Do young men and young women make different financial decisions?
My work sets out to study this question using UK longitudinal datasets with the aim to understand whether differences exist, whether these differences persist throughout an individual's life, and whether these differences shapes individual's environment and life choices. This topic is complementary to the existing work on financialisation (i.e., the growing influence of financial institution's impact household's day-to-day consumption) and addresses the shortcoming in gender economic's literature of focusing on income-seeking behavior.
Cutting across the disciplines of finance, gender studies and economics and at home in human geography, this research is supported by two funding sources: University of Bristol scholarship and the University of Bristol PGTA scheme. I am co-supervised by the Personal Finance Research Centre (Ms Sara Davies, Professor Sharon Collard) and the Quantitative Spatial Science group (Professor David Manley, Professor Rich Harris).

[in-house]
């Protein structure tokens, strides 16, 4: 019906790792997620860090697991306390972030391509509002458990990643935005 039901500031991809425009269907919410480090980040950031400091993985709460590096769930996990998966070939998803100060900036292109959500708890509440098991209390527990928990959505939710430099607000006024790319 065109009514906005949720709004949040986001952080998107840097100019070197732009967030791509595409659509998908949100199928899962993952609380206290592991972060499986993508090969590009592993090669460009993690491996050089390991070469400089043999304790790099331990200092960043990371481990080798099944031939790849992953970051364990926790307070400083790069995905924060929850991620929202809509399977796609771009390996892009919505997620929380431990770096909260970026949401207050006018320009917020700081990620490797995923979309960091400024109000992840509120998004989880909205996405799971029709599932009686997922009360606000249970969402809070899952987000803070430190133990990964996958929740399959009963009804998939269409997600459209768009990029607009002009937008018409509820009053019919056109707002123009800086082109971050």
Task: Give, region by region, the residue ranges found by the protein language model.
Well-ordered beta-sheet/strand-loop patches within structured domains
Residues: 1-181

Prior to attending the University of Bristol, I completed an MSc in Political Economy of Development at the School of African and Oriental Studies (SOAS, University of London) and a BA in Economics at McGill University (Montreal, Canada).
- Household finance
- Gender studies
- Human Geography
- Young people
- Big data
- Longitudinal data analysis
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People, places, and problem debt: understanding personal borrowing and personal contexts for young adults from 2006 to 2018 in England, Wales, and ScotlandAuthor: Bi, I., 24 Jan 2023
Student thesis: Doctoral Thesis › Doctor of Philosophy (PhD)File